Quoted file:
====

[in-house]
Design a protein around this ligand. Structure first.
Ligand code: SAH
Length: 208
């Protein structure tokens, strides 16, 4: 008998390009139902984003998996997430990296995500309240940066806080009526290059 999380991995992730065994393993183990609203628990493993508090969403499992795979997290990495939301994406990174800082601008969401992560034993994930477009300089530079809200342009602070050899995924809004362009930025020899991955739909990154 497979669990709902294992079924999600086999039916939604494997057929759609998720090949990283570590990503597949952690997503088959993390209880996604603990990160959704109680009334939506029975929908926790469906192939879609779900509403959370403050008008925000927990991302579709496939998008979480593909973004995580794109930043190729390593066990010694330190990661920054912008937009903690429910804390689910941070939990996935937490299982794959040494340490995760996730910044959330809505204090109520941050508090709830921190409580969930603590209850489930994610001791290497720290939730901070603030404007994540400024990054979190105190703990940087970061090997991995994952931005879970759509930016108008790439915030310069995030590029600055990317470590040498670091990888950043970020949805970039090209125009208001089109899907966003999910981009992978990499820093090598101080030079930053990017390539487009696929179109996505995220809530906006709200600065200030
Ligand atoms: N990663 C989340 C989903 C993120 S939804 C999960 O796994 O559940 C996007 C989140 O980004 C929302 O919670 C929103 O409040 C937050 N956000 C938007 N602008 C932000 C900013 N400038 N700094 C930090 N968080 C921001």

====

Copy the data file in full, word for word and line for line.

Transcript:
[in-house]
Design a protein around this ligand. Structure first.
Ligand code: SAH
Length: 208
């Protein structure tokens, strides 16, 4: 008998390009139902984003998996997430990296995500309240940066806080009526290059 999380991995992730065994393993183990609203628990493993508090969403499992795979997290990495939301994406990174800082601008969401992560034993994930477009300089530079809200342009602070050899995924809004362009930025020899991955739909990154 497979669990709902294992079924999600086999039916939604494997057929759609998720090949990283570590990503597949952690997503088959993390209880996604603990990160959704109680009334939506029975929908926790469906192939879609779900509403959370403050008008925000927990991302579709496939998008979480593909973004995580794109930043190729390593066990010694330190990661920054912008937009903690429910804390689910941070939990996935937490299982794959040494340490995760996730910044959330809505204090109520941050508090709830921190409580969930603590209850489930994610001791290497720290939730901070603030404007994540400024990054979190105190703990940087970061090997991995994952931005879970759509930016108008790439915030310069995030590029600055990317470590040498670091990888950043970020949805970039090209125009208001089109899907966003999910981009992978990499820093090598101080030079930053990017390539487009696929179109996505995220809530906006709200600065200030
Ligand atoms: N990663 C989340 C989903 C993120 S939804 C999960 O796994 O559940 C996007 C989140 O980004 C929302 O919670 C929103 O409040 C937050 N956000 C938007 N602008 C932000 C900013 N400038 N700094 C930090 N968080 C921001």